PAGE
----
Providing practical information to help you protect your farm from biosecurity risks

Nothing fishy about biosecurity for aquaculture business

September 6, 2013
Macquarie harbour fish farm

Photo: iStock

In a first for the Australian Farmer of the Year Awards, an aquaculture business has been chosen as a finalist in the Biosecurity Farmer of the Year Award, with Peter and Frances Bender’s Tasmanian salmon and trout farm and processing operation demonstrating that biosecurity is not confined to dry land.

Thanks to their careful and thorough planning, the Benders are one of three finalists in the animal category in this year’s award, with the winner to be announced at the Australian Farmer of the Year Awards ceremony being held on Thursday 12 September in Melbourne.

The award – which comprises separate animal and plant categories – is sponsored by the Farm Biosecurity program, which is a partnership between Animal Health Australia (AHA) and Plant Health Australia (PHA).

Peter and Frances diversified from cattle to salmon farming in 1988. Huon Aquaculture Company Pty Ltd has now evolved into a vertically integrated company, farming, processing and selling Atlantic salmon and rainbow trout products to domestic and international markets and employing more than 400 staff.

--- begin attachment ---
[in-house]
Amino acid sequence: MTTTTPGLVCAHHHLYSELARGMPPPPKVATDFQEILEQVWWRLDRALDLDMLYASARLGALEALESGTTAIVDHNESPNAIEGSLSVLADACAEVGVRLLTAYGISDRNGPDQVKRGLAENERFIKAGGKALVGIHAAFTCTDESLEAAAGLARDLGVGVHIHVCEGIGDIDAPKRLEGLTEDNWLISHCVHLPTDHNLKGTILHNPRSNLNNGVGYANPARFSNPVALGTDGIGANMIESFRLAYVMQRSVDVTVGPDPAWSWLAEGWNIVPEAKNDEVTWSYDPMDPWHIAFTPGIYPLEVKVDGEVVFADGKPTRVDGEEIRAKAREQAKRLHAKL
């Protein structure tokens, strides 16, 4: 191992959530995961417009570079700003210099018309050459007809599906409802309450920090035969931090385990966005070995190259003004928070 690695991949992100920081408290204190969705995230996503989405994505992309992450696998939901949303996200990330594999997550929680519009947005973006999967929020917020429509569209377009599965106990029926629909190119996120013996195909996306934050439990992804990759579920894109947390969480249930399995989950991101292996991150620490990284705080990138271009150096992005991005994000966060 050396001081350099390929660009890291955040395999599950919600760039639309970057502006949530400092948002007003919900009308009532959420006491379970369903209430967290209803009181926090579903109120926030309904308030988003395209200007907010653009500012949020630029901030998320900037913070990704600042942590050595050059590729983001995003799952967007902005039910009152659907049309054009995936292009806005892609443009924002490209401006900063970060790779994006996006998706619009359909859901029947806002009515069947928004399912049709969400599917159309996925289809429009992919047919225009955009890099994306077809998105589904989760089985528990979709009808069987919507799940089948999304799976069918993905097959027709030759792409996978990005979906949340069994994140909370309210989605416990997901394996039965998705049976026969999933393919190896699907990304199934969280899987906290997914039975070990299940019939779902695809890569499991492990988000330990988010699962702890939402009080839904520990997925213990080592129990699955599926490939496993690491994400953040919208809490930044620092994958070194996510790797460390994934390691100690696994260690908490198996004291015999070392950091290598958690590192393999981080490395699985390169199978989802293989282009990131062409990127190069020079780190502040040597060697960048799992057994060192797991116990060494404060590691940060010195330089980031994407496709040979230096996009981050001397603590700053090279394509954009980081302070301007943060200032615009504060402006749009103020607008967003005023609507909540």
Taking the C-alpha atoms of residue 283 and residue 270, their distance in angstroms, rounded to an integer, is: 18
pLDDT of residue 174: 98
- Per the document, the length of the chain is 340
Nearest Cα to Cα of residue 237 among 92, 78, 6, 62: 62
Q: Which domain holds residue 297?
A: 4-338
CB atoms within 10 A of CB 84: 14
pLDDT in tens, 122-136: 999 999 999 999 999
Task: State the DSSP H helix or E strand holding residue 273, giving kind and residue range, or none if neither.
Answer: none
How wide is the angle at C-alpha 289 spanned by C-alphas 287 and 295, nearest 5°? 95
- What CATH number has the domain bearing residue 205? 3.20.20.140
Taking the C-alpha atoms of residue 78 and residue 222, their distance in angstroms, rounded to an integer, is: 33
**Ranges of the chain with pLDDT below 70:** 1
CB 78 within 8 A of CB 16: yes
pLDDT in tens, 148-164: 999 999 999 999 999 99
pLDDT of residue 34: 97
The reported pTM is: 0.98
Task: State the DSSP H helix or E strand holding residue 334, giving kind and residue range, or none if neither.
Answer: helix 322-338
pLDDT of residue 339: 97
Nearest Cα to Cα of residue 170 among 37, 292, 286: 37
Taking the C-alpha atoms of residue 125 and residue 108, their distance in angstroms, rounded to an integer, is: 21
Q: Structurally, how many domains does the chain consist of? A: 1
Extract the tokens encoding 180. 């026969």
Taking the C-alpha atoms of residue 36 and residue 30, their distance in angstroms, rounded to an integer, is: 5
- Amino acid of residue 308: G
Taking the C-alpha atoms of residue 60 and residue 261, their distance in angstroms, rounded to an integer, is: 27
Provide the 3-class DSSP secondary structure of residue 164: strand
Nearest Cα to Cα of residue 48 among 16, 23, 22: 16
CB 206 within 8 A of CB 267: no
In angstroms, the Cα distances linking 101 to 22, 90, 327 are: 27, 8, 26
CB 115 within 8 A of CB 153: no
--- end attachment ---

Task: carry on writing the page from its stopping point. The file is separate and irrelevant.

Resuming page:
Duncan Rowland, AHA Executive Director for Biosecurity Services, said biosecurity plays a central role to the company’s business model, helped with the development of a plan that covers all stages of fish production, from the hatchery to the plate.

“Last year Huon Aquaculture implemented a whole of chain biosecurity plan. The plan was based on a detailed risk assessment across all aspects of the Huon Aquaculture business.

“The plan outlines a number of key procedures and protocols designed to minimise the spread and impact of endemic and exotic diseases. This plan also focusses on key areas such as staff participation, ownership and education of biosecurity measures, procedures for good fish husbandry through all aspects of the fish lifecycle. This includes closely managing both the health and welfare of the fish through water quality management, monitoring, vaccine use and on-going research.

“The purpose of creating a detailed whole of chain plan was born out of the need to protect the company from the effects of devastating diseases such as the infectious salmon anaemia disease which had a major impact on the Chilean salmon industry. The plan was also developed so the company could achieve industry accreditation,” Mr Rowland said.

Peter and Frances’ message to their fellow producers in their application is simple: “Take biosecurity seriously. Pathogens have no respect for spin.”